4 Stars – I have already added the sequel to my TBR list!
A unique young adult fantasy story with multiple characters…
Blue Rabbit is an intriguing tale that follows a group of school friends who discover a gateway that leads to another world. As the story opens we learn that they have been visiting this place hidden in the Knoxville trees that seems like a forest but is a world totally different to their own full of creatures and immersive imagination by the author. A school kid called Mike follows this group one night and is seemingly captured by the creatures that reside in this other world and becomes a missing person. It’s up to the group of friends to find out where Mike was taken and look for a way of bringing him back, that is without knowing much about this other world.
The strength of this story comes from the multitude of great characters that help tell it. Five friends; Erika, Haley, Nathan, Sandra and Dorian all seem to take it in turn at the beginning stages to tell the story although Erika eventually breaks away from the group and becomes the lead somewhat with her assured confidence and even sarcastic style; something I enjoyed, even if she did come across as a being full of herself. And to begin with I wasn’t sure about any of the group, but over the course of the story they earned my affection, Sandra and Nathan’s chemistry over the course of the story added to the many dimensions of believable and relatable characters this story has. These five friends and their journey together and as individuals makes for some rewarding reading much like the book as a whole which is highly readable and immersive.
There are several original concepts that carry the story to a level that becomes quite epic in the latter stages with some action and real tension leading towards saving the day and world. Other characters such as ‘Riven’ and ‘Chloe’ really galvanized this story as a character led adventure with twists, turns and plenty of drama.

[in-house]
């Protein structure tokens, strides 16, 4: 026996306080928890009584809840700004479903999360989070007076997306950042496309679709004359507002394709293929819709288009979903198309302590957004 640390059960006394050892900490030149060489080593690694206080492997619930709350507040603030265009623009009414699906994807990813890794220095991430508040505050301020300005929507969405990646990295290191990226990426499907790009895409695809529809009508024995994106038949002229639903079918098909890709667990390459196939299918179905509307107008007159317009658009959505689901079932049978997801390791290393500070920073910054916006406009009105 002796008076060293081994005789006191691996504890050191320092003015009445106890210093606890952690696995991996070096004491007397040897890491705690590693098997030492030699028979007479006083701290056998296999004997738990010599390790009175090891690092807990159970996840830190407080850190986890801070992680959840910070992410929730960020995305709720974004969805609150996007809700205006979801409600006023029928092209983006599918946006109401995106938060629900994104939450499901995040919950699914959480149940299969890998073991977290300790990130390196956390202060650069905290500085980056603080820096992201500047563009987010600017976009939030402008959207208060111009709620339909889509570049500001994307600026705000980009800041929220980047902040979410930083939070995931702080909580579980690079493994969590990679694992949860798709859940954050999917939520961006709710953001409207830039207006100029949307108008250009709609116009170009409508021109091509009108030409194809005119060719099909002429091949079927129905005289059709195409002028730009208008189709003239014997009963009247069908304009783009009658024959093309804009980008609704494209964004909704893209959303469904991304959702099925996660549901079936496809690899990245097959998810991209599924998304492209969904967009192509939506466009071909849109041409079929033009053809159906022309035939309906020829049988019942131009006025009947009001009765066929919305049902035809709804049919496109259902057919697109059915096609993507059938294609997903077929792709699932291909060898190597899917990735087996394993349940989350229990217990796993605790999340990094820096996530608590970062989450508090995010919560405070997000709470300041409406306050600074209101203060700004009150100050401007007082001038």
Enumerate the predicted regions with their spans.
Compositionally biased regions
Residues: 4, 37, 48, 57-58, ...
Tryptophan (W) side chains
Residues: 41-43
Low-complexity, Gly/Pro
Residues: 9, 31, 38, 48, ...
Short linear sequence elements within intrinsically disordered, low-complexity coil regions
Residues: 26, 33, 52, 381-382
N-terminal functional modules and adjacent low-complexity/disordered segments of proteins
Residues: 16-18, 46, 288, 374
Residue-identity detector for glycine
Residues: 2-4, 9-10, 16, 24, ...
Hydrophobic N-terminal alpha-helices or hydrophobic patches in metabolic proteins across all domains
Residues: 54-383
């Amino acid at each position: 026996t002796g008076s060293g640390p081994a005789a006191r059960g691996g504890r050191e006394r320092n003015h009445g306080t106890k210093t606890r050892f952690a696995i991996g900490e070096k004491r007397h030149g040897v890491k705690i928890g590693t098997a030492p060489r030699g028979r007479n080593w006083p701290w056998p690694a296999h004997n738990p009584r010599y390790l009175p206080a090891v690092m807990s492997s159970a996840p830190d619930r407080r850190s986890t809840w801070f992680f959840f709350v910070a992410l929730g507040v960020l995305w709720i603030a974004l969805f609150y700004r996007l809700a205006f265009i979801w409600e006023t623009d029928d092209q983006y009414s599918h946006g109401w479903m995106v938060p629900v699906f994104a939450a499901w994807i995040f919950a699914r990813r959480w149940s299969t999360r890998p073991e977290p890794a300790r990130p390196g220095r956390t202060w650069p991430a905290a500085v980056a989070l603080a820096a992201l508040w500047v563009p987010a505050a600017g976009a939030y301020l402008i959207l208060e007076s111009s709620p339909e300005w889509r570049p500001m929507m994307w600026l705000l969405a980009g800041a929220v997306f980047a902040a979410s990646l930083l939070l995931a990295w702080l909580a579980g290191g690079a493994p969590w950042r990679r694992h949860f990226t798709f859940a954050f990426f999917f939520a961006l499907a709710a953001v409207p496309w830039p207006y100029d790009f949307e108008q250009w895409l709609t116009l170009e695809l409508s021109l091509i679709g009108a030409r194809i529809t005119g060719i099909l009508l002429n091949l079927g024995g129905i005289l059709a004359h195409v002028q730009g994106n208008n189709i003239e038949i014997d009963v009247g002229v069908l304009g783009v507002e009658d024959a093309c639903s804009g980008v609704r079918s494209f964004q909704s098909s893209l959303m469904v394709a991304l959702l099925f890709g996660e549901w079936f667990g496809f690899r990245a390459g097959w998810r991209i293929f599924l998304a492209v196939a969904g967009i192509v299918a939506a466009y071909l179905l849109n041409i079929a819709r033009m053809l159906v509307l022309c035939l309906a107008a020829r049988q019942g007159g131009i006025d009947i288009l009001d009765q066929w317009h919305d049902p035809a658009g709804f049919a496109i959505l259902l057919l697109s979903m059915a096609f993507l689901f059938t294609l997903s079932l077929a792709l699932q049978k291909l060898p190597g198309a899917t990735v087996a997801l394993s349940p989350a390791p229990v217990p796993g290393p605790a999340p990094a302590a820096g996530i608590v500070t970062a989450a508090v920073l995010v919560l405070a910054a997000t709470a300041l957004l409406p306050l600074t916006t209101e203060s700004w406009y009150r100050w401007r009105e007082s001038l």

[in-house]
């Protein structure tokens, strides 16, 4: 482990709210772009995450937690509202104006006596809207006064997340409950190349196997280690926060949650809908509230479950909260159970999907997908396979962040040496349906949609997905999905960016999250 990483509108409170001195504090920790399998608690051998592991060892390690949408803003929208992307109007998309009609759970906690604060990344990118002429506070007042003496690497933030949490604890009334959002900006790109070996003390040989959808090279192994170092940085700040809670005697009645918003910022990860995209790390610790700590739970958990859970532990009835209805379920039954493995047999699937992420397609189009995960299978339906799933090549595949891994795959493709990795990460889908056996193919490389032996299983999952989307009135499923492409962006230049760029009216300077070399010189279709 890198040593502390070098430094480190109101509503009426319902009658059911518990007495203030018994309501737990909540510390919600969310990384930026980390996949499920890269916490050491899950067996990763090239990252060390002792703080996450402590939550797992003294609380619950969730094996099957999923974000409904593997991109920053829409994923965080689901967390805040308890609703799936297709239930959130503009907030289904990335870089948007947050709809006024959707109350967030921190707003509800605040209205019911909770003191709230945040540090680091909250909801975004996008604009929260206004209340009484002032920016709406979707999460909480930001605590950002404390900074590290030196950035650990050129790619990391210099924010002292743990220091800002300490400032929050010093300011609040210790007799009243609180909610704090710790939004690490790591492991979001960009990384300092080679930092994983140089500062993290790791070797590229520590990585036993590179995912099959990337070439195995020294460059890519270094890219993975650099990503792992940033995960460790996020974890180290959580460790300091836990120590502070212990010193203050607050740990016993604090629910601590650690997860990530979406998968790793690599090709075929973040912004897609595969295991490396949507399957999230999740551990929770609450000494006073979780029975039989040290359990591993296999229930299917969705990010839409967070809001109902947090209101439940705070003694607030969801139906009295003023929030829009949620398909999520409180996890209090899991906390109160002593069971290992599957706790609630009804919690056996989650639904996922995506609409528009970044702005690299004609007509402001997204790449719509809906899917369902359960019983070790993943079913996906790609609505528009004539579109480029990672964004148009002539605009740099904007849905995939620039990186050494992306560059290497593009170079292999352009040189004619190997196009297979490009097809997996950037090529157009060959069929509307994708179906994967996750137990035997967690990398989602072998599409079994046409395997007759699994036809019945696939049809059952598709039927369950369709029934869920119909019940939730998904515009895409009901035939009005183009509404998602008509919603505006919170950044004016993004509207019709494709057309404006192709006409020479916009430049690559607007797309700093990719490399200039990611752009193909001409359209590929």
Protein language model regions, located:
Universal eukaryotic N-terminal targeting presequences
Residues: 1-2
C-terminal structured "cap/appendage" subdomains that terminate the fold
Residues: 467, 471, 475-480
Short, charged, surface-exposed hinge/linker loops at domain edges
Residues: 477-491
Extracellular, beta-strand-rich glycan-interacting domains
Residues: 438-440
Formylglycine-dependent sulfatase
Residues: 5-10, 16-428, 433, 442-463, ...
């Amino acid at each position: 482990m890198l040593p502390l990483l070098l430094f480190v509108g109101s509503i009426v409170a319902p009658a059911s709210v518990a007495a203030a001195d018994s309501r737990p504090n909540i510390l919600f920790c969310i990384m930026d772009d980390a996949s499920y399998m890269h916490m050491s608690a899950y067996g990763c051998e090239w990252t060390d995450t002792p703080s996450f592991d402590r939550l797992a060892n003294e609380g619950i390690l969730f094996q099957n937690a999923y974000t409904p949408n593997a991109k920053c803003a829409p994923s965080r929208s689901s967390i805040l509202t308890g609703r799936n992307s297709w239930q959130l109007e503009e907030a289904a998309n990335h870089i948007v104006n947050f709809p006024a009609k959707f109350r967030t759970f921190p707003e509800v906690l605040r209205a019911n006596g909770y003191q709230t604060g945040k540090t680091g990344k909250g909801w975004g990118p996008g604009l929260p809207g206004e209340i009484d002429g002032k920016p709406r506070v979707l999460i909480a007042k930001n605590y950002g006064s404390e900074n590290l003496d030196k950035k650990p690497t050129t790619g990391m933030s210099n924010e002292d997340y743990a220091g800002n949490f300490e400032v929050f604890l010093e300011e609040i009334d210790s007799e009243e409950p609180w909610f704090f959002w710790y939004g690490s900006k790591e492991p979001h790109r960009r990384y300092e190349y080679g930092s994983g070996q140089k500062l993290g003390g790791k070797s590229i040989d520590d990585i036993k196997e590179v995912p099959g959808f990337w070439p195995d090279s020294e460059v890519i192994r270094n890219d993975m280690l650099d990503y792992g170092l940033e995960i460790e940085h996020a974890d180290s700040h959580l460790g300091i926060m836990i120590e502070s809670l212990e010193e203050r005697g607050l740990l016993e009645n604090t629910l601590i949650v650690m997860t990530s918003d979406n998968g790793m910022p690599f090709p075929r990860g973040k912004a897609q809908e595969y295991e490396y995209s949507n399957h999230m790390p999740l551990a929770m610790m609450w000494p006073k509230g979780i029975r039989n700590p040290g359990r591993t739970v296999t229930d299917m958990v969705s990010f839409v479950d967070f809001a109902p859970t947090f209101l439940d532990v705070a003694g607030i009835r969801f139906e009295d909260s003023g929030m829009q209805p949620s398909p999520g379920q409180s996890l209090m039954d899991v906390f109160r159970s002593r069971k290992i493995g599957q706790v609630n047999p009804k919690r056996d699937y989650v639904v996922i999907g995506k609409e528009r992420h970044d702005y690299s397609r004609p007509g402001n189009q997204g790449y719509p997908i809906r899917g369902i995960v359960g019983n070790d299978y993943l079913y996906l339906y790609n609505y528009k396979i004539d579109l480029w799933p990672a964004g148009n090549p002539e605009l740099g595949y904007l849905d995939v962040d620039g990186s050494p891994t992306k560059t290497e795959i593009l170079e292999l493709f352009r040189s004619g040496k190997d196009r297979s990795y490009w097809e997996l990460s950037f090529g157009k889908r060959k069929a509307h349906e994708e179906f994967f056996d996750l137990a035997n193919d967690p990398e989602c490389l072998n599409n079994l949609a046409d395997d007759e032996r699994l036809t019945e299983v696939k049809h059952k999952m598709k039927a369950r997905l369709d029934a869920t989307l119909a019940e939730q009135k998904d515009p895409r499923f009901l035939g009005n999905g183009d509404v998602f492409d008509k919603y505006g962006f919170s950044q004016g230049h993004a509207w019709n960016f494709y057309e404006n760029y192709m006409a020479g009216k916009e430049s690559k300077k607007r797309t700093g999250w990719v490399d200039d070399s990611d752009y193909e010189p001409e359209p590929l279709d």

“I’m going to save the world. Who’s with me?”
Urban exploration horror filled with tension and some truth…
Building 51 follows the events of seven friends as they embark on an exploration excursion. Their destination the Hudson River State Hospital for the Insane; a real place with a real history that can be described as harrowing to say the least.
Exploration of abandoned places is a specialist niche in the genre of horror and one which I very much enjoy. Films such as ‘Grave encounters’ and ‘House on Haunted Hill’ come to mind but in terms of books, Building 51 is the benchmark and makes for a roller coaster tension filled read.
Fusing elements of real history and the paranormal make this story and the characters in it feel like something is lurking and watching them. Something is and this gradually becomes apparent manifesting itself in a range of unique and creepy ways.
The overall flow of the book is cinematic and even nods to the horror movie rules, some of which the characters unfortunately fall into. Many horror stories tend to run out of ideas near the end but not in Building 51 where the strong premise stands all the way to the end.
5 Stars – a great read that I would recommend to anyone who is a fan of horror and the urban exploration genre!